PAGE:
Capping Protein (CP) regulates actin dynamics by serving as the major terminator of assembly at the actin filament barbed end (BE). CARMIL antagonizes CP function by reducing CPs affinity for the BE and by uncapping CP-capped filaments, while V-1 (myotrophin) sequesters CP in an inactive complex. Previous work showed that CARMIL can readily retrieve CP from the CP: V-1 complex, thereby converting inactive CP into a version with moderate affinity for the BE. Here we further clarify the mechanism of this exchange reaction, and demonstrate its effect on BE assembly in vitro using solution assays and single filament imaging. We show that the CP: CARMIL complex created by complex exchange slows in a dose-dependent manner the rate of BE assembly, probably by rapidly associating with, and dissociating from, the BE. Moreover, the cellular concentrations of CP, V-1 and CARMIL should allow them to collaborate in a robust CP regulatory cycle in vivo. Finally, we provide evidence that CARMIL is recruited to the plasma membrane, and only at cell edges undergoing active protrusion. Assuming that CARMIL is active only at this location, our data argue that a large pool of inactive CP (CP: V-1) feeds, via CARMIL-driven complex exchange, the formation of weak capping complexes (CP: CARMIL) at the plasma membrane of protruding edges. This mechanism should enhance, relative to unregulated CP, the growth of newly-nucleated actin filaments at the plasma membrane: cytoplasm interface, while maintaining strong suppression of actin assembly elsewhere in the cell. Myotrophin/V-1 is a ubiquitously expressed, 13 kDa ankyrin-repeat protein that binds Capping Protein (CP) 1:1 with an affinity of 20 nM, resulting in a complex that has no affinity for the barbed end. The CP sequestering activity of V-1 may play a major role in buffering the barbed end capping activity of CP in Dictyostelium (Dd), especially given our estimates of the cellular concentrations of CP and V-1 in Dd (1 M and 8 M, respectively). Consistent with biochemical studies of mouse V-1, endogenous Dd CP is pulled down by GST-tagged, wild type Dd V-1 (WT Dd V-1) and is co immuno- precipitated by Flag-tagged, WT Dd V-1. Moreover, these interactions are abrogated when using a version of Dd V-1 (FBM Dd V-1) containing four closely-spaced point mutations that in mouse V-1 greatly attenuate its interaction with CP. Consistent with V-1s ability to inactivate CP, the major cellular terminator of actin assembly, the over expression of WT Dd V-1 results in a significant elevation in total cellular F-actin content. Moreover, this increase scales positively with degree of over expression. As expected, the over expression of FBM Dd V-1 does not alter cellular F-actin levels. The over expression of WT Dd V-1 (but not FBM Dd V-1) also induces the formation of actin-rich, filopodial-like structures, and this effect once again scales positively with the degree of over expression. WT-DdV1 over expression leads not only to a significant increase in the number of filopodia, but also to a significant increase in their length. Moreover, time lapse images of cells co expressing a live-cell reporter for F-actin reveal that the filopodia in WT-DdV1 over-expressing cells are more dynamic than in control cells. Together, these over expression studies suggest that V-1 regulates actin polymerization and filopdial formation in vivo by buffering the level of active CP (where, in the case of V-1 over expression, actin polymerization and filopodia formation are enhanced because more cellular CP in sequestered). These results are consistent with previous studies showing that CP knockdown leads to the explosive formation of filopodia in both B16F1 melanocytes and Dictyostelium, and that V-1 over expression enhances actin polymerization and induces finger-like surface structures in PC12D cells. Efforts to create a Dictyostelium cell line that lacks V-1, which should provide further confirmation of the proteins role in regulating CP in vivo (these KO cells are expected to exhibit a profound decease in cellular F-actin content because the bulk of cellular CP will now be active) are underway.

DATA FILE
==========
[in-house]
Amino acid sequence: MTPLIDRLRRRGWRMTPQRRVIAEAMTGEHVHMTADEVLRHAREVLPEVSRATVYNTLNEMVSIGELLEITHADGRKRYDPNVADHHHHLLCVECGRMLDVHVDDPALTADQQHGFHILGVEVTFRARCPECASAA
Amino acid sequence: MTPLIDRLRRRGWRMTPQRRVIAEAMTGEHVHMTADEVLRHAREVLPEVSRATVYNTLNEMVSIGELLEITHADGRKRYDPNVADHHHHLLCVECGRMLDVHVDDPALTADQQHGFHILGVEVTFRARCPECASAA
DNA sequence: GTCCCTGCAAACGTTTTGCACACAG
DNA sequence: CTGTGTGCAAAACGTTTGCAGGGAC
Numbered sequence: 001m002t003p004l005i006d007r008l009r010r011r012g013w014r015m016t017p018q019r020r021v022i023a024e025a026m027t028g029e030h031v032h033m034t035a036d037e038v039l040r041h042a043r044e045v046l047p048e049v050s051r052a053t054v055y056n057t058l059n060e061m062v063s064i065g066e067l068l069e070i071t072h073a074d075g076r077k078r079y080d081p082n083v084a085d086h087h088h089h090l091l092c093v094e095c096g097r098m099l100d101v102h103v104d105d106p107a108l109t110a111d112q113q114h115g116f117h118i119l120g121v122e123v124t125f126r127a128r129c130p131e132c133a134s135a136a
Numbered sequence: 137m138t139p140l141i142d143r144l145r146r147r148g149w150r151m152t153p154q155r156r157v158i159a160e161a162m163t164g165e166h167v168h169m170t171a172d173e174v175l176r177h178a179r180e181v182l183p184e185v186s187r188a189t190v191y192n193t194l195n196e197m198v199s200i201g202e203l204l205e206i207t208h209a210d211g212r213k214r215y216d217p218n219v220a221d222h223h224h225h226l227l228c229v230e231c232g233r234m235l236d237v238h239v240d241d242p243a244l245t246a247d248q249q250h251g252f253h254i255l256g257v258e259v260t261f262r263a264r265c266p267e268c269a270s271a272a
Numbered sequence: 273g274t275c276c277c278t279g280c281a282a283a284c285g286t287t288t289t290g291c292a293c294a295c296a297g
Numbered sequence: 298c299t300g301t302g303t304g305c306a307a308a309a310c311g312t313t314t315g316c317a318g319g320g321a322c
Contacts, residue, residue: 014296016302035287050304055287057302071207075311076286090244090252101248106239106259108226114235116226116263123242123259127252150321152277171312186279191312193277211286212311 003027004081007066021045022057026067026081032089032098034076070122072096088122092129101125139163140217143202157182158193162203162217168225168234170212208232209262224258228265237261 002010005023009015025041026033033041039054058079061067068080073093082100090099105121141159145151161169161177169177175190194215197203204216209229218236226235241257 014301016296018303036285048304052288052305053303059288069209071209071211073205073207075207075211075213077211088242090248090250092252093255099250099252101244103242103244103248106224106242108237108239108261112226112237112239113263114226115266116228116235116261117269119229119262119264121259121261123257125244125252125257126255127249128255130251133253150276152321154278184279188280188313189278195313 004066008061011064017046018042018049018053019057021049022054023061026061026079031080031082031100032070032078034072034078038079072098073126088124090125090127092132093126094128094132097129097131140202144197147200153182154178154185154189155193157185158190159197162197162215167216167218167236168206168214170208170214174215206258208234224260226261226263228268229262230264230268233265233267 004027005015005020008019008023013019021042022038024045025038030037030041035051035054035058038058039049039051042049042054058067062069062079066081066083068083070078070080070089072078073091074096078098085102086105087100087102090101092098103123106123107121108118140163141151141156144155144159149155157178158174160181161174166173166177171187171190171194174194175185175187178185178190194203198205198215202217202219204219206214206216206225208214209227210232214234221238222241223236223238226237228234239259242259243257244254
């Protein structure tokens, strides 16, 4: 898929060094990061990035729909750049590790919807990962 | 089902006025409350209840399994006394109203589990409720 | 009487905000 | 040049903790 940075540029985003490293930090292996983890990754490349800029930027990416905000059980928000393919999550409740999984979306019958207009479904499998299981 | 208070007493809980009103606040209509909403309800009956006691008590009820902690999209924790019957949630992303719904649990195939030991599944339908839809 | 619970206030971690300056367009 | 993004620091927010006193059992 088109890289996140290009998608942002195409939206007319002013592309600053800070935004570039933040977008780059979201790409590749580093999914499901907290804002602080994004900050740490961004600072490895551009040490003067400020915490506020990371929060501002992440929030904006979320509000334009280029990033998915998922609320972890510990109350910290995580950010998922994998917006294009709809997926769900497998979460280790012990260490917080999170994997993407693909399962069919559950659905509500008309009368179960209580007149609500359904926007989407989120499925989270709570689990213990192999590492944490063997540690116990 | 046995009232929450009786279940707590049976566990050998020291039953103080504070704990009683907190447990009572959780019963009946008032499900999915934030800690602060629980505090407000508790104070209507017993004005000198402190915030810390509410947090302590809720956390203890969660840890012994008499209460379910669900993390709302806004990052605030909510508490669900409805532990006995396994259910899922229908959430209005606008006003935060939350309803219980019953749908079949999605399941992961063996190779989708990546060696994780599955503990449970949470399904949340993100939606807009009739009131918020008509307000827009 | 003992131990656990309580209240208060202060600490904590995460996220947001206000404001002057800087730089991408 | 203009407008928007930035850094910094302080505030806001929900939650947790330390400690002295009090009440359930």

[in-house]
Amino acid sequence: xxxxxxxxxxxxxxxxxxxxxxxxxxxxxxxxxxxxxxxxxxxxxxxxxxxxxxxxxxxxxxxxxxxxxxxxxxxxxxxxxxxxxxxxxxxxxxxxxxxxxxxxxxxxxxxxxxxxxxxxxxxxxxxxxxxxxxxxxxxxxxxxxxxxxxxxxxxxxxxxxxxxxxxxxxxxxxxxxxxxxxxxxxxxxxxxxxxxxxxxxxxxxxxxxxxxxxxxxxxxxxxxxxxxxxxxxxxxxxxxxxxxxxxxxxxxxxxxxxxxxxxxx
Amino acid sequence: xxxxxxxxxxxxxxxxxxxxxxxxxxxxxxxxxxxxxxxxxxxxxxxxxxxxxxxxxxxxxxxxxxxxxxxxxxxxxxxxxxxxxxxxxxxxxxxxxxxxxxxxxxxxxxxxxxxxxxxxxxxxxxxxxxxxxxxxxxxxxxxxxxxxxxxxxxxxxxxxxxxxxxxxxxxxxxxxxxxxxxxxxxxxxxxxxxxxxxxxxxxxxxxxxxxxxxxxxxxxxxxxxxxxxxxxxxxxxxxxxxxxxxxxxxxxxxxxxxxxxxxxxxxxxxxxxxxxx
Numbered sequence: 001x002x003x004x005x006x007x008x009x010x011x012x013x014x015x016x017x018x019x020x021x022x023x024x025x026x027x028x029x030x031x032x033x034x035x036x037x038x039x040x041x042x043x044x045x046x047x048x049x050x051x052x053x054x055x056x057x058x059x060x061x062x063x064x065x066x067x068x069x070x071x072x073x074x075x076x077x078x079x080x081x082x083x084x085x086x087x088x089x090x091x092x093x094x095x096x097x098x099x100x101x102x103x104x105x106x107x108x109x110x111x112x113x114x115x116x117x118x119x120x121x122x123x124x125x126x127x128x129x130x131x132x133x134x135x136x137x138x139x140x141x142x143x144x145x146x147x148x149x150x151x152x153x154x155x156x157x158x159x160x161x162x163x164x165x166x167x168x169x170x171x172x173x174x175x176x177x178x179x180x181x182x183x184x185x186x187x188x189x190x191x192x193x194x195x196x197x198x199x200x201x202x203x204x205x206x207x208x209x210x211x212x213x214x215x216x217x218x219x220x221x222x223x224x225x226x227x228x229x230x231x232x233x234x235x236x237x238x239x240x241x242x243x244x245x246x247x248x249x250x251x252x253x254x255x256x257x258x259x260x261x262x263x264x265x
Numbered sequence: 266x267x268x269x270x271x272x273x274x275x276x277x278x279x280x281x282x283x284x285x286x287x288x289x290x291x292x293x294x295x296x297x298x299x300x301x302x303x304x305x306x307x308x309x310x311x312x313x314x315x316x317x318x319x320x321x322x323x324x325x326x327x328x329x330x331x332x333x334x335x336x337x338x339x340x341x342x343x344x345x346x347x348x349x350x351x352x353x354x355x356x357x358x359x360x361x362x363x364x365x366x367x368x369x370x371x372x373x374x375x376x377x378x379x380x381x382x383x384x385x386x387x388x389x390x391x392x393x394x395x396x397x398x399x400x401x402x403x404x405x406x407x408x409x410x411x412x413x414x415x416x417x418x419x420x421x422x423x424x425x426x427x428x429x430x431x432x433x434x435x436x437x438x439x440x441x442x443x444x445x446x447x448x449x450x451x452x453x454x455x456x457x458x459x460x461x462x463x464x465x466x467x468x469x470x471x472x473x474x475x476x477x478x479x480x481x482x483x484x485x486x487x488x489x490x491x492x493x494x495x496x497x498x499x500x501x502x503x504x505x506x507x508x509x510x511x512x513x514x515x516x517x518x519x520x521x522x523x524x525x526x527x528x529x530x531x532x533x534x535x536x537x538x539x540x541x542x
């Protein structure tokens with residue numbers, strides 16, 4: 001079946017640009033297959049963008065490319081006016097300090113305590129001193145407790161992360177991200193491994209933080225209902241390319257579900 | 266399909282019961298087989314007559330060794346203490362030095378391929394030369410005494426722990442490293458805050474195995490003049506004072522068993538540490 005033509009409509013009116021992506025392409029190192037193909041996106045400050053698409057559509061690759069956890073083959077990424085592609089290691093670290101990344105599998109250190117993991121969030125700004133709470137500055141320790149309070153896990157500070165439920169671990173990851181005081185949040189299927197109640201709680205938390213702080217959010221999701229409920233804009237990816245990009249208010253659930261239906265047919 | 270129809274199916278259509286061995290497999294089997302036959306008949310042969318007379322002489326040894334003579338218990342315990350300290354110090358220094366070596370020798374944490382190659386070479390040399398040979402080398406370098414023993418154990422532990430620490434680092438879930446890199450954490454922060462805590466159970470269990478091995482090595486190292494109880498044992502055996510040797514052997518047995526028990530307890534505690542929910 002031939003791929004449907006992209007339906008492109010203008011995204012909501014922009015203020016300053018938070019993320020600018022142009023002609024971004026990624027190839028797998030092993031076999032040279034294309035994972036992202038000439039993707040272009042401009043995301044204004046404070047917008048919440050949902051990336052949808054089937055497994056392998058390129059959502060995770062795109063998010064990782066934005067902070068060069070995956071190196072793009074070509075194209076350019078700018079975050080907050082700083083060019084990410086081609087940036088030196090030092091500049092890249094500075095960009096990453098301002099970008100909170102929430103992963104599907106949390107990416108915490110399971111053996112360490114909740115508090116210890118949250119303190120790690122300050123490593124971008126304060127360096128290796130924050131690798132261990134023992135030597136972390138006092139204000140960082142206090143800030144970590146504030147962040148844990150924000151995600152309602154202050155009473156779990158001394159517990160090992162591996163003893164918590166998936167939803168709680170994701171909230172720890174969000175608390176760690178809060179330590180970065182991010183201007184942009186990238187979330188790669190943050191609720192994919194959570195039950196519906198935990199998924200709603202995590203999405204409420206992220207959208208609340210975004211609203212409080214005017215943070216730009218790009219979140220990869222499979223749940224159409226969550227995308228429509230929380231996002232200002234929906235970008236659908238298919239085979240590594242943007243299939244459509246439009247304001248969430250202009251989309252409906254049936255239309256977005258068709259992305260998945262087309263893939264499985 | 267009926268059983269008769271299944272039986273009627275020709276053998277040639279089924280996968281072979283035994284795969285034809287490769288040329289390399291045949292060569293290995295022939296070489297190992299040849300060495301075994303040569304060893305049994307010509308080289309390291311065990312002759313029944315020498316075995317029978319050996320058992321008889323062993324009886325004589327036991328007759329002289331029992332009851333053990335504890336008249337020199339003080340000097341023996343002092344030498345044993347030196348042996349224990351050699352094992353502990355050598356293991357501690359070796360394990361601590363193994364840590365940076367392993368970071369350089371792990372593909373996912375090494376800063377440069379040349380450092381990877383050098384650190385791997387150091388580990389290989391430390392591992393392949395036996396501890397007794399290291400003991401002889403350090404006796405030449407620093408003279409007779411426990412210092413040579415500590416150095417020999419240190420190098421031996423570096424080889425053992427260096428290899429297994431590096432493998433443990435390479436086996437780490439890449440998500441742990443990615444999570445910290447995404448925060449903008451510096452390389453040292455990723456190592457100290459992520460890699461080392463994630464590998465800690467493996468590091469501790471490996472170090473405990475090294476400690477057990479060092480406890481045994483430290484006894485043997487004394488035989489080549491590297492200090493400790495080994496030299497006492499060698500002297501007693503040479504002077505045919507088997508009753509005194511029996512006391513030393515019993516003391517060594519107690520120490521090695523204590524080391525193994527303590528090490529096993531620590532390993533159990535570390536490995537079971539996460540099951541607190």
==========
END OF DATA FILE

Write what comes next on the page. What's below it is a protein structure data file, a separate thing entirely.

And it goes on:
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National Heart, Lung, and Blood Institute
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Jung, Goeh; Alexander, Christopher J; Wu, Xufeng S et al. (2016) V-1 regulates capping protein activity in vivo. Proc Natl Acad Sci U S A 113:E6610-E6619
Fujiwara, Ikuko; Remmert, Kirsten; Piszczek, Grzegorz et al. (2014) Capping protein regulatory cycle driven by CARMIL and V-1 may promote actin network assembly at protruding edges. Proc Natl Acad Sci U S A 111:E1970-9
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Zwolak, Adam; Fujiwara, Ikuko; Hammer 3rd, John A et al. (2010) Structural basis for capping protein sequestration by myotrophin (V-1). J Biol Chem 285:25767-81